There are many reasons for the lover of Schubert Lieder to buy this
disc: reasons historical, aesthetic and musicological.
First, it was recorded in the end-days of Hitler’s Germany, while
Michael Raucheisen, the excellent pianist here, doggedly pursued his
project of recording as many Lieder as he could with artists such
as Patzak and Anders who had survived the war and were still able
to get to Berlin. Germany was in ruins, as the cover picture of the
bombed Reichstag graphically depicts. The Russians were poised to
capture the city and brutally subdue its population through a policy
of mass rape. Hitler’s evil ambitions would end in a bunker only a
month or so after these recordings were completed. Yet here are two
superlative Schubertians making music as if to reassert the true place
and meaning of German culture before it was hi-jacked.
Secondly, in addition to Raucheisen’s sensitive accompaniment, we
have here an invaluable souvenir of the artistry of a great German
tenor who, like Fritz Wunderlich, would die all too young – not falling
down the stairs but in a road accident nine years later in 1954 when
he was only 46 years old.
Thirdly, we have the chance to hear “Winterreise” sung in its original
tenor version, mostly in the keys Schubert stipulated, rather than
the more usual transpositions to a bass-baritone.
Finally, the interpretation itself is artistically outstanding, Anders
deploying his virile tenor across a wide range of moods, tones, dynamics
and colours, expertly supported by his pianist. Even the sound is
more than acceptable, this having been recorded on the new technology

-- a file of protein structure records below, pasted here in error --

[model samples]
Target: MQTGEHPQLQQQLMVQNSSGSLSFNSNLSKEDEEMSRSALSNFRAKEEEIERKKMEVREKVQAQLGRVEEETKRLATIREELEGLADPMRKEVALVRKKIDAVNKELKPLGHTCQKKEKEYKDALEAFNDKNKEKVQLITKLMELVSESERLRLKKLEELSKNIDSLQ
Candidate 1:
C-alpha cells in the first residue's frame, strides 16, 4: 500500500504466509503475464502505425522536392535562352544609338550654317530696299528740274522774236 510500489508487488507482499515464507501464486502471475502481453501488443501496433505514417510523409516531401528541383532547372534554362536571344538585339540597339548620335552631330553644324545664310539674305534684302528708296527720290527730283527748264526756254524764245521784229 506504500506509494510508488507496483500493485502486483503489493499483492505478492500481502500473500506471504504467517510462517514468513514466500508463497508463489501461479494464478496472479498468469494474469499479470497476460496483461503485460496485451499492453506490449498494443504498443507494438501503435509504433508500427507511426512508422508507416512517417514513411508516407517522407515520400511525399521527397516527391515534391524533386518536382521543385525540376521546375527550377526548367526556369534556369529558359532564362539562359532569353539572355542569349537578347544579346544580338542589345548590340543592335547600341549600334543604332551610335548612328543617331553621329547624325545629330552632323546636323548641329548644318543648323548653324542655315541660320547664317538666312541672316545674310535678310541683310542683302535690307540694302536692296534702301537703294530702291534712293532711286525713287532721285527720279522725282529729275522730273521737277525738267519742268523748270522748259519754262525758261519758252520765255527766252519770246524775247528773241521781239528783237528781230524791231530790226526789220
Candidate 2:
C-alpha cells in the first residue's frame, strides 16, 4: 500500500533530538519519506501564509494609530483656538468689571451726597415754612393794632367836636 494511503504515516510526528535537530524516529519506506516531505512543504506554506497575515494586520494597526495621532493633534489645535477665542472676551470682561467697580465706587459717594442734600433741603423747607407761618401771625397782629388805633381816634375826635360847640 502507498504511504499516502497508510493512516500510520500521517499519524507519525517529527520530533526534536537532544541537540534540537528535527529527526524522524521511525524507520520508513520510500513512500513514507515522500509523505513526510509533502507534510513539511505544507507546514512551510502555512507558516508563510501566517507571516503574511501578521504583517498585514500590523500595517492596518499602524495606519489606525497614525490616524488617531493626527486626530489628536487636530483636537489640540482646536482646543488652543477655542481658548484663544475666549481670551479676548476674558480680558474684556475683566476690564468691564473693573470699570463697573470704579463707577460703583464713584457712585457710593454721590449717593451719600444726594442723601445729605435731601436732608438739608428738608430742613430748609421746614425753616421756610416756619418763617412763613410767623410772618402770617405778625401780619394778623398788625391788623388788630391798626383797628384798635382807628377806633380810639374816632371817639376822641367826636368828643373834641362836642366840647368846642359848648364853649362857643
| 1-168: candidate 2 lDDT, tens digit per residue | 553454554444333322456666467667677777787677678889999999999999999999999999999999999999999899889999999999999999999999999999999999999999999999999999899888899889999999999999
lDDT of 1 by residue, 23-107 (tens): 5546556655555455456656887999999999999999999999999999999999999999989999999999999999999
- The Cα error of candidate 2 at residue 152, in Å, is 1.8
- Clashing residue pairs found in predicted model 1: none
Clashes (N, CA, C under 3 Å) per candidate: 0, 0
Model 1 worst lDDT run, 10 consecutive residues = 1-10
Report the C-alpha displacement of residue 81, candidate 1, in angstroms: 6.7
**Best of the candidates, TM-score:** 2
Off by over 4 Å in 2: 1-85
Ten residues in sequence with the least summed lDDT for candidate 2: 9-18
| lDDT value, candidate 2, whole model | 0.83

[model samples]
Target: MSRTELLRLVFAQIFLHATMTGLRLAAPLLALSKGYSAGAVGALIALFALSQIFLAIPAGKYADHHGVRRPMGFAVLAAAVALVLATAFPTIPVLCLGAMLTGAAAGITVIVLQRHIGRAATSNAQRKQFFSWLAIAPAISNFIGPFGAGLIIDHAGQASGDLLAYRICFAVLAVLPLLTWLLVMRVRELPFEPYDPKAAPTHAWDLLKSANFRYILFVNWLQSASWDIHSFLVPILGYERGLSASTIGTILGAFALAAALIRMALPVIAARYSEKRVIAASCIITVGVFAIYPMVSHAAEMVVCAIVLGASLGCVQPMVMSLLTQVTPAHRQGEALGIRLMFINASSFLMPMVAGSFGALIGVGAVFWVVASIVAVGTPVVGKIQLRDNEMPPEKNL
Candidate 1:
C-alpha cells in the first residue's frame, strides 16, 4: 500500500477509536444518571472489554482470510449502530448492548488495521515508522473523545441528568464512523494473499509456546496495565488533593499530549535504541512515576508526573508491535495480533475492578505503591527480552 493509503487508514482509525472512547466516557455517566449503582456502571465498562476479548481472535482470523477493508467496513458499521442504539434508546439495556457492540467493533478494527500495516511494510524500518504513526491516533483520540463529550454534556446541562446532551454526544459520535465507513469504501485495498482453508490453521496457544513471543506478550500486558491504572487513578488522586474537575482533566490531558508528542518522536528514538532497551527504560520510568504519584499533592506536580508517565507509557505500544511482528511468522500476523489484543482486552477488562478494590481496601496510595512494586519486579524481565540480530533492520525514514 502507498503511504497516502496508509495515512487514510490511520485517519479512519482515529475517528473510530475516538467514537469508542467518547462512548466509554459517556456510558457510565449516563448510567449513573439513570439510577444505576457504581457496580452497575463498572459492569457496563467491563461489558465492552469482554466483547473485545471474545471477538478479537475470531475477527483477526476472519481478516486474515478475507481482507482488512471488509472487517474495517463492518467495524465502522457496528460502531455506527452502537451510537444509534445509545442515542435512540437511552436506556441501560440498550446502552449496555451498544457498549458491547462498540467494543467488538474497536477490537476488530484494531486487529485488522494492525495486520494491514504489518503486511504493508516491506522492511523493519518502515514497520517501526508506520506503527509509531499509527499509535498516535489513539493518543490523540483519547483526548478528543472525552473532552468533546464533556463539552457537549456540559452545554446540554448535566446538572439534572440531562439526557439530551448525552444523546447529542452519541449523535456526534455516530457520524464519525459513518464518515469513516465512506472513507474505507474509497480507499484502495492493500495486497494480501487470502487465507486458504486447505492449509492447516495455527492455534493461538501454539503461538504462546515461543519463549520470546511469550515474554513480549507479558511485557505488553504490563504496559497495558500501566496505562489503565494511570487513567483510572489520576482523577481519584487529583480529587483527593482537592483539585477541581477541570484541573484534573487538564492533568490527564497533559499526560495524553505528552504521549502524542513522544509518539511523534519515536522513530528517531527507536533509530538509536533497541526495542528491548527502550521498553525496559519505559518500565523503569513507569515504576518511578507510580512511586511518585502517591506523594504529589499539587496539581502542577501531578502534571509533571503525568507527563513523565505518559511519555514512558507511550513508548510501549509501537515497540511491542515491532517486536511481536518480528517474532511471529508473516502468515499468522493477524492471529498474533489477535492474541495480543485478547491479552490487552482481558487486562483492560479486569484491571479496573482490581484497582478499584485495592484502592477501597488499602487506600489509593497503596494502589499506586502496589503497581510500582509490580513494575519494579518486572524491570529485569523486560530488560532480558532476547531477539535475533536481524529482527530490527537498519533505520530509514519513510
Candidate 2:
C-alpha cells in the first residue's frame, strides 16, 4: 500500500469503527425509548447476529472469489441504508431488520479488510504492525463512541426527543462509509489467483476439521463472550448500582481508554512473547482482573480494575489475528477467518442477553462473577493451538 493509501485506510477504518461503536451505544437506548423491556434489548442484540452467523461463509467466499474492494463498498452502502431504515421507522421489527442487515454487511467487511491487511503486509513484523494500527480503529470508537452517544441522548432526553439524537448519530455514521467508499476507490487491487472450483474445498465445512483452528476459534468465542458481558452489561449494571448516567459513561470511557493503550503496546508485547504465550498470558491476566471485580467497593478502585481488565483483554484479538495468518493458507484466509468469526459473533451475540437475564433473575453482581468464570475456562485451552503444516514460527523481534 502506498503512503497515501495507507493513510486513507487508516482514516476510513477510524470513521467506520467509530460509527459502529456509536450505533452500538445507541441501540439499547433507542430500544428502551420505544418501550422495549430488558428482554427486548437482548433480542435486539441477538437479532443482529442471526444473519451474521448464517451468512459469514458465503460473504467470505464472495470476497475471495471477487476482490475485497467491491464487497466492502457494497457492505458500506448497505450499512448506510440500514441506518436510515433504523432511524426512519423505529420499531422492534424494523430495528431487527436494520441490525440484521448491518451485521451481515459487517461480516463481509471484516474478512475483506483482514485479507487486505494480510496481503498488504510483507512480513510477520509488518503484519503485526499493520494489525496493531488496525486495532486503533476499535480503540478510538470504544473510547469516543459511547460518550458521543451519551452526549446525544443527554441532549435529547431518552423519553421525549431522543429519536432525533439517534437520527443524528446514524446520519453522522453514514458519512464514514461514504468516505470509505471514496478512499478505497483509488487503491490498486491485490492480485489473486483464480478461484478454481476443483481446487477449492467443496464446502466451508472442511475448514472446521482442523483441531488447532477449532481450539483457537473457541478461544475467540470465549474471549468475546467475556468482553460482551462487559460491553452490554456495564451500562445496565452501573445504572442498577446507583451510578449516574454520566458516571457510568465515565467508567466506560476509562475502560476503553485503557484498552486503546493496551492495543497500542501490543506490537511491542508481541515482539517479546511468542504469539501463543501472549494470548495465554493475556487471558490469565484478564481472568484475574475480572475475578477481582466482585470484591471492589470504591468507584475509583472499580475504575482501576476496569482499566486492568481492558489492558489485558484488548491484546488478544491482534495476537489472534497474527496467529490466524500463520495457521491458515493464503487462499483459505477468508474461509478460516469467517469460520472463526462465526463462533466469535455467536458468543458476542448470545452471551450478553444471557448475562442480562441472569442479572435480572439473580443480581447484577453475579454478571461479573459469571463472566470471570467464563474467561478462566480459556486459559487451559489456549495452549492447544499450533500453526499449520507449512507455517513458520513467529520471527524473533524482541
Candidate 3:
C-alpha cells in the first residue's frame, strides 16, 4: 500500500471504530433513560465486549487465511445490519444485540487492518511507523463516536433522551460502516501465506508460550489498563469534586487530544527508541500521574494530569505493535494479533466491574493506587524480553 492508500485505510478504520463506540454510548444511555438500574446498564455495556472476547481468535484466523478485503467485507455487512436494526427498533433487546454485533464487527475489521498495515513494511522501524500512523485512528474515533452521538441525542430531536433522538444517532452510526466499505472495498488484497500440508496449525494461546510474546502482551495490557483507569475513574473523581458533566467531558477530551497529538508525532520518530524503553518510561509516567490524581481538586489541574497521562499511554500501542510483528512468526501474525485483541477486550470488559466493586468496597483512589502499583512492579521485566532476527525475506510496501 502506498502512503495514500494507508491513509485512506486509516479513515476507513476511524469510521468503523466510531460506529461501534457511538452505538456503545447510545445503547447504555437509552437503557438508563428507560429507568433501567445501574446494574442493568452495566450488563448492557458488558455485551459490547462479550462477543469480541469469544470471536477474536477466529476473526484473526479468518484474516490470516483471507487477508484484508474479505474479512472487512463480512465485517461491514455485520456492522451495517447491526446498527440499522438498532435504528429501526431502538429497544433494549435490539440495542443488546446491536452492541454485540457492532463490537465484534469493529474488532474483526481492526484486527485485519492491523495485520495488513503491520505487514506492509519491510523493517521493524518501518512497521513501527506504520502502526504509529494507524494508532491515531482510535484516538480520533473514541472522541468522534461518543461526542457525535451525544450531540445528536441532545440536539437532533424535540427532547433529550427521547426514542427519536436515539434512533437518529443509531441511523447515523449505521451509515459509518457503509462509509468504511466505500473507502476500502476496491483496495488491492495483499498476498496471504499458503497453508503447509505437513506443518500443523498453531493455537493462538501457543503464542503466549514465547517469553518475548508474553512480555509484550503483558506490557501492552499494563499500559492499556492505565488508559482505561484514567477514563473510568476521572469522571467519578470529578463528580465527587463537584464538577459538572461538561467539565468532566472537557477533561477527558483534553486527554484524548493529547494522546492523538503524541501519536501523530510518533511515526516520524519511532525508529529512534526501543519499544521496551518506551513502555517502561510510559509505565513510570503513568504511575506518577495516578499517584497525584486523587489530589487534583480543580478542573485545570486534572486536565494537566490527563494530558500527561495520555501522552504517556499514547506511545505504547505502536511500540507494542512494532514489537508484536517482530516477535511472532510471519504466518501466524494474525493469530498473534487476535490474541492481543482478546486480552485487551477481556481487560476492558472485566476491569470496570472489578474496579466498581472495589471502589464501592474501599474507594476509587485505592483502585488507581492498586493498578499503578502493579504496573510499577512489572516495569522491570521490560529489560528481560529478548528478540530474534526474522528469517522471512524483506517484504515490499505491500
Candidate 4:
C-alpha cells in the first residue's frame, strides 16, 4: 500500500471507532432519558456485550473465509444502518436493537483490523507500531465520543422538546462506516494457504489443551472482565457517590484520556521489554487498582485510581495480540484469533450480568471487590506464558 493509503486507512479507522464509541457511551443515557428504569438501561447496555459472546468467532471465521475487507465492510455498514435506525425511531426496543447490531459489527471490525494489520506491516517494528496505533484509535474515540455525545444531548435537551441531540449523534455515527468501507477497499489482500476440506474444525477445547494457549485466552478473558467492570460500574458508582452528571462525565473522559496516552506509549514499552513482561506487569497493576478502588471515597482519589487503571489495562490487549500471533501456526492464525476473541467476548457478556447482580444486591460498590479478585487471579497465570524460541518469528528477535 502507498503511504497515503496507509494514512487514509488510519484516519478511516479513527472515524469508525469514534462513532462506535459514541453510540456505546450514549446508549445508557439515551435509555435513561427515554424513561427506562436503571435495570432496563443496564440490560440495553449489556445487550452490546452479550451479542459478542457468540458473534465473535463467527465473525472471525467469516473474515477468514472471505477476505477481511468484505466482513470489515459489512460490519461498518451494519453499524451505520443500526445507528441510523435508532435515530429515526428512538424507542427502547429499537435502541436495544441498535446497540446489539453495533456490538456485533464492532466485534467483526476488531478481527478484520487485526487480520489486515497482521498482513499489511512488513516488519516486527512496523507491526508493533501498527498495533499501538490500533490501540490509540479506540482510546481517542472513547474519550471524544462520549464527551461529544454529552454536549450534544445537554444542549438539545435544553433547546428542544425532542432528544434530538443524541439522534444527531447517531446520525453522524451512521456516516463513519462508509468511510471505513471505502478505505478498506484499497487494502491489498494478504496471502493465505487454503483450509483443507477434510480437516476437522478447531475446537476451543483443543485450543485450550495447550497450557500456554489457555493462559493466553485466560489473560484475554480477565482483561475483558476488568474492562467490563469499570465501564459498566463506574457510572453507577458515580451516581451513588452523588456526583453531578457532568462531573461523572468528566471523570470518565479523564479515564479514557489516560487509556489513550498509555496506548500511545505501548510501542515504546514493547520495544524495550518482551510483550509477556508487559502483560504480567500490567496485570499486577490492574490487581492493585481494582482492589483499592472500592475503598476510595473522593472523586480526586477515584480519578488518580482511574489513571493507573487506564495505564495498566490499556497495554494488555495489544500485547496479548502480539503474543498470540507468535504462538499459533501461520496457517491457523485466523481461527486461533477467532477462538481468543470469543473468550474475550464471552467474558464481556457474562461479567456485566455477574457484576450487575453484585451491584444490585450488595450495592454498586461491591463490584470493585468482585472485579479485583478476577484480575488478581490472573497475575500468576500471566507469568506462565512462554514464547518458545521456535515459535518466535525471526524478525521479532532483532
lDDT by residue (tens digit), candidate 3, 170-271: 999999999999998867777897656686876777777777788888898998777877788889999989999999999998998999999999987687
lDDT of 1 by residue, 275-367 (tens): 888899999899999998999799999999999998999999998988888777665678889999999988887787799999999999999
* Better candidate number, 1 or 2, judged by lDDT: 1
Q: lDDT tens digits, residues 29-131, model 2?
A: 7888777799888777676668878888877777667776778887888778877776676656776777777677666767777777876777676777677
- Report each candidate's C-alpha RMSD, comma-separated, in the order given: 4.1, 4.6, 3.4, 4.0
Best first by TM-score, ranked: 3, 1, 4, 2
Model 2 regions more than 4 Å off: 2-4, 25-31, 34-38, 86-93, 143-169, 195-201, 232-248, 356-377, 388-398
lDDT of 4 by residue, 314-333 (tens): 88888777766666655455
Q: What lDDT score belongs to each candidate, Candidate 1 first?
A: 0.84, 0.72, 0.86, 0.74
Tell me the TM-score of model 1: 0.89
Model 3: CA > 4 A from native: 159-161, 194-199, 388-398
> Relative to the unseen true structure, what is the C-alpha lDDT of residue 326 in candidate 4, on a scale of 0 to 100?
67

of tape. As such, it’s mostly free of shatter, with only some slight
distortion on louder, higher notes, a bit of sputter on sibilants
and some very faint pre-echo in songs such “Im Dorfe”.
Anders began his career with a lyric tenor which soon developed into
a more robust and heroic instrument. His singing here is at times
almost strident and often stentorian but he is equally capable of
a melting pianissimo mezza voce as in “Frühlingstraum”, where
he sings very softly without resorting to crooning. He pays grateful
attention to subtleties and nuances such as diminuendos and acciaccaturas,
with all the little grace notes and telling inflections in place.
His diction is crystalline and his willingness to sing out operatically
means that his big voice has the capacity to strike just the right
note of desperation this cycle demands. Tempi are swift and driven
in a manner that complements that sense of urgency, yet in songs such
as “Die Krähe” both singer and pianist hit just the right note of
dreamy detachment, as cold and isolation numb the poet’s sensibilities.
I urge those who want a modern digital version sung by the more traditional
baritone to go to the recent Florian Boesch accompanied by Malcolm
Martineau on the Onyx label. Otherwise, this large-scale reading is
an essential purchase for the devotee of Schubert Lieder.
Gute Nacht [5:38]
Die Wetterfahne [1:50]
Gefror'ne Tränen [3:03]
Der Lindenbaum [4:30]
Auf dem Flusse [4:03]
Die Post [2:37]
Der greise Kopf [2:57]
Die Krähe [2:06]
Letzte Hoffnung [2:34]
Im Dorfe [2:58]
Der stürmische Morgen [1:01]
Der Wegweiser [4:04]
Das Wirtshaus [4:10]
Die Nebensonnen [2:29]
Der Leiermann. [3:19]